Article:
Skinny dippin’ (yes, I purposely dropped the “g” because Alabama) used to be much more acceptable than it is now. People in other parts of the world outside the US refer to it as “wild swimming” or some such. This is about one older fellow who liked to swim in the buff. He took up the practice as a way to practice better health and to try to stay in shape as he aged. It worked to a degree–he lived into his 80s, so he did something right.
Anyway, this fellow, whom we will call John, would take one and all with him on his swims. When his sons came home from college, they’d go. When he had visitors at his house, he’d take them. When business associates asked to meet with John, he’d suggest they take the business down to the river where they’d leave their clothes in a pile and strike out into the water the way God made ’em.
One warm day in June, 1825, John and one of his sons and an employee of his went down to the river for a dip. John decided they should take a small boat, almost a canoe, across the river and then have the employee bring the little boat back. And so, they set out to cross the stream.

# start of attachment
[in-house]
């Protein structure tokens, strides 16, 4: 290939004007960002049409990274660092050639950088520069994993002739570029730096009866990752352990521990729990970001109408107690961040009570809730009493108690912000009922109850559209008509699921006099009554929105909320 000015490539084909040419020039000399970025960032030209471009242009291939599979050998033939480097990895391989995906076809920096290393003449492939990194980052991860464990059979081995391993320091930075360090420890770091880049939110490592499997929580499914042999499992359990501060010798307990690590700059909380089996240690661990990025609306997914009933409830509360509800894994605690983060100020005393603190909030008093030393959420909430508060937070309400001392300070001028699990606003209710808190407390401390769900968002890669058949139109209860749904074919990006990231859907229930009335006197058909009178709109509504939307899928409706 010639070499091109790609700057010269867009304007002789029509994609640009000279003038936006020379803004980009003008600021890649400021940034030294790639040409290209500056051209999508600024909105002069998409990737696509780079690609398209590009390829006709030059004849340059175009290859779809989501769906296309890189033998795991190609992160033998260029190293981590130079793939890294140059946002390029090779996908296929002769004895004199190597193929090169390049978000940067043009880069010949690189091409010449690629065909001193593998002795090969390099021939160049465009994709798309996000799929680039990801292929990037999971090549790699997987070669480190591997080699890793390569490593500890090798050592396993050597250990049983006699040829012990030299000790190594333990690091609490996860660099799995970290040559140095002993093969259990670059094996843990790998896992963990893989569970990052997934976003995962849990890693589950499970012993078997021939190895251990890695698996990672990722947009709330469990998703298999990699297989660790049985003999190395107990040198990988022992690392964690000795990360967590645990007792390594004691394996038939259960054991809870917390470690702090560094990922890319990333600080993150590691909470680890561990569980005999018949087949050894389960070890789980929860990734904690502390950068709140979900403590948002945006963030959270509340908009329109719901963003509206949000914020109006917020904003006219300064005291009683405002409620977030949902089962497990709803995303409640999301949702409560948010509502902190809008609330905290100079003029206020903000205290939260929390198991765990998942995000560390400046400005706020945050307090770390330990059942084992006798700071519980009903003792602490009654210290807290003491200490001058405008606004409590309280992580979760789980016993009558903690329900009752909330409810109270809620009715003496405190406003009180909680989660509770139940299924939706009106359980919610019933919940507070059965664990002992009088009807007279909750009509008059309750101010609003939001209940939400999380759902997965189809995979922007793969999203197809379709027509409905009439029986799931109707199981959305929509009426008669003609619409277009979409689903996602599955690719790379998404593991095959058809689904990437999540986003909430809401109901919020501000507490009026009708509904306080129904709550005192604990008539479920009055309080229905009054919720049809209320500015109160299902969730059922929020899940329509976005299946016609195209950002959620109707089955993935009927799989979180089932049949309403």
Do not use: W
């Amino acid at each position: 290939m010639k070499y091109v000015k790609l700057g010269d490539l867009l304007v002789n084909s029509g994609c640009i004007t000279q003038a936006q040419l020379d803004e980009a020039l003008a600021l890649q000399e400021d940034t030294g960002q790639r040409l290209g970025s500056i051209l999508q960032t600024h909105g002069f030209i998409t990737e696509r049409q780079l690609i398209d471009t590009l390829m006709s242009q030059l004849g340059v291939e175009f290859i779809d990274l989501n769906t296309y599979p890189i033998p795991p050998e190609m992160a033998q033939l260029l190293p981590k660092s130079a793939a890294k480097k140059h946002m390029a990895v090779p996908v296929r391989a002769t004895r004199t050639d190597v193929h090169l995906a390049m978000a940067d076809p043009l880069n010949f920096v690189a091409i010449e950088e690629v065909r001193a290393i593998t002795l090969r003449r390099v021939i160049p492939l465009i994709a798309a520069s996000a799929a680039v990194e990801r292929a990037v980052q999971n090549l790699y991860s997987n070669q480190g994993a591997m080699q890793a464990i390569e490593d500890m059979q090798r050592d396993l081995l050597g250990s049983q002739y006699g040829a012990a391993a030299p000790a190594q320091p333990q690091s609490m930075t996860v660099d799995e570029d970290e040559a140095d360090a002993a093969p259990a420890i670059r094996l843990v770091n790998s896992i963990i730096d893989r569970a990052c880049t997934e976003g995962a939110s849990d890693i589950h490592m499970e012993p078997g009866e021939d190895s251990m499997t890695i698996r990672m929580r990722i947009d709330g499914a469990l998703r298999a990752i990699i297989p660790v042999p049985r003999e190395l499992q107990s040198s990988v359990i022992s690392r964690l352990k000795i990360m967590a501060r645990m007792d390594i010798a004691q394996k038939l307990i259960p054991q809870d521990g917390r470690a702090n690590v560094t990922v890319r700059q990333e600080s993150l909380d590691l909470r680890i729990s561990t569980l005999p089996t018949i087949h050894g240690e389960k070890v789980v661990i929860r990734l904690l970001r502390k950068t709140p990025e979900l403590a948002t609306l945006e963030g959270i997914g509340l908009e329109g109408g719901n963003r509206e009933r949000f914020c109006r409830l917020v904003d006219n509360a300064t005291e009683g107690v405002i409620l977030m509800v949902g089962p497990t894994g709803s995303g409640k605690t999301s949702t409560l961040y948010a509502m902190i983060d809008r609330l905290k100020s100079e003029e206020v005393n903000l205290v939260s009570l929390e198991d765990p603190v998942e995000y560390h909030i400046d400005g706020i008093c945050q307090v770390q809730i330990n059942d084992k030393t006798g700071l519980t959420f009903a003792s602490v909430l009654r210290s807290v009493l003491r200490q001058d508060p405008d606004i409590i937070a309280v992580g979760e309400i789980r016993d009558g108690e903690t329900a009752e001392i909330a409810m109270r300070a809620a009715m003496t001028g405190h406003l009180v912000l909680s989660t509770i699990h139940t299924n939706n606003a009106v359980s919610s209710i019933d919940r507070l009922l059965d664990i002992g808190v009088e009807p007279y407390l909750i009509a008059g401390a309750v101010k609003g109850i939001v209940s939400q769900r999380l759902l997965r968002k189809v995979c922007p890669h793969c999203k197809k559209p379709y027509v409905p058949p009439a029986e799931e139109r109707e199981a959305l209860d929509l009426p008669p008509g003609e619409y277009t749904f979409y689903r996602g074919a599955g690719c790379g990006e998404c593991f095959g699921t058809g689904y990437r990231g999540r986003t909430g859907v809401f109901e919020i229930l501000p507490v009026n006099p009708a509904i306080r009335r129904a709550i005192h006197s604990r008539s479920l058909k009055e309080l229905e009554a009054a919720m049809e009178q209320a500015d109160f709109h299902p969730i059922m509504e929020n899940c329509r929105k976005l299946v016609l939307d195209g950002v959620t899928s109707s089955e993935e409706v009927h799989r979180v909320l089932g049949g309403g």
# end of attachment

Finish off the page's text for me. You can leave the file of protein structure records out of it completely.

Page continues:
But halfway across, John realized the canoe leaked. And a wind blew up that caused ripples on the water of the river. The erstwhile skinny dippers jumped out of the sinking boat. The problem was that their clothes were so heavy as they filled with water, that John soon found himself in danger of drowning. Nowhere near shore, the older man realized the error of wearing his clothing as he struggled to make it out of the river alive.
Now, somehow, John made it back to shore. The old man lay on the bank and gasped for air. His son ordered the employee to run for help and get a carriage to take John home, to get some blankets and a fresh set of clothes so the old man wouldn’t catch cold. Luckily, no one was seriously injured, although John lost a waistcoat and one of his shoes; his employee lost his pocketwatch and some other items.
You’d think that the close call would make John reconsider his hobby of skinny dipping, but it didn’t damper his enthusiasm one bit. Sure enough, it wasn’t too long before President John Quincy Adams was back wild swimming in the Potomac River in Washington, D.C.